The Making of Belizean Heat: Part 8 – Caves Branch

I was able to borrow a GoPro camera for my trip to Belize, so I actually have a lot of video footage. Eventually I hope to use that footage to make videos for at least a few of the songs. This song is actually more based on video footage than field recordings, and it spent a lot of time in limbo before I figured out a direction for it. Once I did settle on a direction it was actually completed quite quickly (by my standards). It was one of the last songs finished on the album along with Stowaway, which I talked about in the last making of post.


We spent a few nights at Ian Anderson’s Caves Branch Lodge. Generally I’m not an all-inclusive resort kind of guy, but this place is unique. It’s surrounded by a network of caves, some of which were used by the Maya for religious ceremonies. The Lodge provides stewardship and a range of tours through these caves, along with other adventure activities. They also make cheese and soap; have a massage center; and they have a massive beautiful botanical garden with the largest orchid collection in the country (which I discuss in the first making of post). It has a strong family vibe to the place, not just in the sense of being kid-friendly, but in how the staff really makes you feel at home. They hold massive multi-course dinners where guests sit with each other at long picnic tables and talk about the adventure tours they just did or plan to do. We learned the first night not to load up too much on the first course, but it was hard not to eat too much at every meal.


Bloody Bastard

One of the tours we took, was to go spelunking in a cave which has a series of six waterfalls inside it. We hiked through the jungle and learned about local flora and fauna like the bloody bastard tree, which has rings of sharp downward pointing spines. Its name comes from early British explorers yelling this phrase after discovering these spines with their hands while stumbling through the dense jungle. The mouth of the cave was home to a colony of bats roosting in guano carved divots in the ceiling. We travelled through the cave, sometimes walking, sometimes crawling, and sometimes swimming. It had some spectacular rock and mineral formations. and the way water pooled and carved its way through the cave was at times magical. We also did some climbing up the face of a waterfall then jumped off into the pool below.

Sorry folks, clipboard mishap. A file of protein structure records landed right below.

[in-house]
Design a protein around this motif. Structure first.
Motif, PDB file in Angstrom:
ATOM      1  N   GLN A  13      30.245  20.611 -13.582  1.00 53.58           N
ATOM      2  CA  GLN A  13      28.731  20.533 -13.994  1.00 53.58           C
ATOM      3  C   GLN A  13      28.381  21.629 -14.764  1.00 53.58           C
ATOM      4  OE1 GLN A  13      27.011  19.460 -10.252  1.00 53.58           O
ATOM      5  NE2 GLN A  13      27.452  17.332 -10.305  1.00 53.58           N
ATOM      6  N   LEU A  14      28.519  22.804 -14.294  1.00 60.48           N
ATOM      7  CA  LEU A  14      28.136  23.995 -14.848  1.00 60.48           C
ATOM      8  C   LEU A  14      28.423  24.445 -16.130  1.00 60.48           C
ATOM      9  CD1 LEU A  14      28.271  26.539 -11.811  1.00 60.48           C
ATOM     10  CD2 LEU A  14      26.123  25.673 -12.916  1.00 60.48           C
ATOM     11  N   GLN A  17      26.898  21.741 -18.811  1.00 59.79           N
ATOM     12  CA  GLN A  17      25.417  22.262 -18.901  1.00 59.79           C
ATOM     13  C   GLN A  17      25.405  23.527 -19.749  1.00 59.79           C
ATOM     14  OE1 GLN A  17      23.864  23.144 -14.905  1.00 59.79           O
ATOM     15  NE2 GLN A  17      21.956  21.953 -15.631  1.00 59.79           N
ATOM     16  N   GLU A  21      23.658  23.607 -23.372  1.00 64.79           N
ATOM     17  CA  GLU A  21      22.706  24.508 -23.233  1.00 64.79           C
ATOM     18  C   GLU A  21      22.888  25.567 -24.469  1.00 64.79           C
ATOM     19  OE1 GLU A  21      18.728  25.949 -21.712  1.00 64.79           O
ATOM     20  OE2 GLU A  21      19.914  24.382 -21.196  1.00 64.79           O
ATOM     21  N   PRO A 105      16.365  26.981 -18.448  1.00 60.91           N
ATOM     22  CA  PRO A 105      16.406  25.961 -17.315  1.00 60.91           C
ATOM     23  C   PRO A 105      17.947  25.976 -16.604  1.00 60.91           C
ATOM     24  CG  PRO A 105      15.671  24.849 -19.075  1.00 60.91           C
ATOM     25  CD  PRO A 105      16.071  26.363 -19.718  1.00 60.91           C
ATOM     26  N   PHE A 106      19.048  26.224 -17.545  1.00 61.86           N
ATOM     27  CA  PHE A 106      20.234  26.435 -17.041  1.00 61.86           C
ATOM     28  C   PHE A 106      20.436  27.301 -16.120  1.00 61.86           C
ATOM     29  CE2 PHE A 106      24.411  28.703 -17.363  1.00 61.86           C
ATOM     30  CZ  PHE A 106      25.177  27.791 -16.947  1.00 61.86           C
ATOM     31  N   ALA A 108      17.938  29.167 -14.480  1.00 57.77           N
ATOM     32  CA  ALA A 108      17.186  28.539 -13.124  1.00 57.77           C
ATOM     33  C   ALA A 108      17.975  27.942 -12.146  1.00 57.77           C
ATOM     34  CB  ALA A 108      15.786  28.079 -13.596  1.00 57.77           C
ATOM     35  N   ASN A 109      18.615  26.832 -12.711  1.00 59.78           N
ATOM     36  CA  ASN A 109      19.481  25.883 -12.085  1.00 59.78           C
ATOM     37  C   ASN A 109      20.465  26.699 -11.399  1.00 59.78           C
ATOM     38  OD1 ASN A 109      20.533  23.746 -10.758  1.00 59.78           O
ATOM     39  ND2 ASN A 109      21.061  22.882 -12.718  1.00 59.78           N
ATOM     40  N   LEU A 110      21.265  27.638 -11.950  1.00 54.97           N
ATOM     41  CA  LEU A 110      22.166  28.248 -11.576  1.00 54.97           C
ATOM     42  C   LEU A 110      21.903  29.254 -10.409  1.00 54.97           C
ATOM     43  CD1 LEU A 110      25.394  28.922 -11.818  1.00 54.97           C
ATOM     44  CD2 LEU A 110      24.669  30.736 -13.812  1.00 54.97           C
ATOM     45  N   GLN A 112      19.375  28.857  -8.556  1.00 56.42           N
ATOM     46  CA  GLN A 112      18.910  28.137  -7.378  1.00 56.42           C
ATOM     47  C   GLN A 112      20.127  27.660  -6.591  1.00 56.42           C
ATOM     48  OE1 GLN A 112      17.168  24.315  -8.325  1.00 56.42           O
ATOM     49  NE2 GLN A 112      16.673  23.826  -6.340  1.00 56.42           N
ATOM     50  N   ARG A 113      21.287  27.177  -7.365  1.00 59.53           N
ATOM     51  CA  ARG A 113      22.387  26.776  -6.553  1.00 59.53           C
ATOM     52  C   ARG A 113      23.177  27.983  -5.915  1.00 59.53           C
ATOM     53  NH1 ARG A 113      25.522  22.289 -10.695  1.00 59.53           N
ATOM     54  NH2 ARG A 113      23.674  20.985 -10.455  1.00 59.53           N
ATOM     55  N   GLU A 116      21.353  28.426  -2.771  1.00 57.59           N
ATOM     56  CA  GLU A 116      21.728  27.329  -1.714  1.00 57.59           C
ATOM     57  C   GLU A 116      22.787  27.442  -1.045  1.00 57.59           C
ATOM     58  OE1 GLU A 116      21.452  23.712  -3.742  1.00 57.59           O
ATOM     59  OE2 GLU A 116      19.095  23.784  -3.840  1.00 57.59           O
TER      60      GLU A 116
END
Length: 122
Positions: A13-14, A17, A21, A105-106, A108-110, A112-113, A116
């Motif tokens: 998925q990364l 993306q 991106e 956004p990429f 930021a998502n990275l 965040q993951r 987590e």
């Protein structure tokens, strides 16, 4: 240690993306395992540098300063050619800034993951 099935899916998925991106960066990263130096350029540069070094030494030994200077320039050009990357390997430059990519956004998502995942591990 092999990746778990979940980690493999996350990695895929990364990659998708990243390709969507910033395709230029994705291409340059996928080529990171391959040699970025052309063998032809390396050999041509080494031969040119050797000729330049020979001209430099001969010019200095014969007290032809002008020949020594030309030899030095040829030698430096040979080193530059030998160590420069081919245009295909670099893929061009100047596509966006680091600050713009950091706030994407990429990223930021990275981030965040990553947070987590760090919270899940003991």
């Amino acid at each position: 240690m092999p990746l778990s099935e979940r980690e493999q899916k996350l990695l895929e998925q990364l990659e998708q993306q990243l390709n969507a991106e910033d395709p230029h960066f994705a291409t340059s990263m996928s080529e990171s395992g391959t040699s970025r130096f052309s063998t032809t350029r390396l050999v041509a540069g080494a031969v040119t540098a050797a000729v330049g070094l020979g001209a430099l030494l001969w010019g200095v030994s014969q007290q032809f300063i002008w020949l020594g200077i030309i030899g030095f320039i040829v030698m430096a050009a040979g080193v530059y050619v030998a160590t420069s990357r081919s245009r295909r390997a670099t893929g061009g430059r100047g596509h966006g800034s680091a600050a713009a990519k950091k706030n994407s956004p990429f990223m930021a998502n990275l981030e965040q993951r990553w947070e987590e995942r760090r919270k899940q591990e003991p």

Unfortunately the GoPro footage was mostly too dark to use, and the battery conked out before I got to the waterfall leap. I did some recording with binaural microphones in the cave, but it mostly felt too chaotic and mundane to feature in a song. Basically it was a lot of gravelly footsteps, overlapping idle chatter, running water, and handling noise. My initial approach to make the song was to edit together a video of the most useable footage. Then I played a few takes with my hank drum using the video as a guide. It was OK, but didn’t quite fit. I tried running the audio from the video and some of my other recordings through my modular. I made some neat sounds, but it still didn’t quite feel right. Finally I loaded the hank drum and modular recordings into my Elektron Octatrack. I sliced them up and experimented with triggering and sequencing various snippets of those recordings and quickly came up with something that fit the vibe I was looking for. I then layered drums and synths from my Analog RYTM, Analog Four, and a recently acquired Novation Nova. I then debuted this song live as part of 24 Hours of ADSR, where DJs and Live PA artists provided a full day of continuous music.OLYMPUS DIGITAL CAMERA

This song took a long time to get off the ground initially, but once I found a direction I liked it came together quickly and now it’s one of my favourites on the album. Like Stowaway, this one was made in a more improvisatory manner using my live rig rather than by layering and looping things in a DAW like Ableton or Pro Tools. Since finishing the album, I’ve been having a lot of fun having thirty minute micro jams. I’ll start something from scratch with my live rig without worrying about recording anything and just play for the enjoyment of making music. Sometime I might try live-streaming it, but I’ll have to figure out a satisfactory system of lighting, audio, and camera angle first.

Next week will be the last chapter of this making of series, with another song inspired by a Caves Branch Lodge tour: Xibalba.



One thought on “The Making of Belizean Heat: Part 8 – Caves Branch

Leave a Reply

Fill in your details below or click an icon to log in: Logo

You are commenting using your account. Log Out /  Change )

Facebook photo

You are commenting using your Facebook account. Log Out /  Change )

Connecting to %s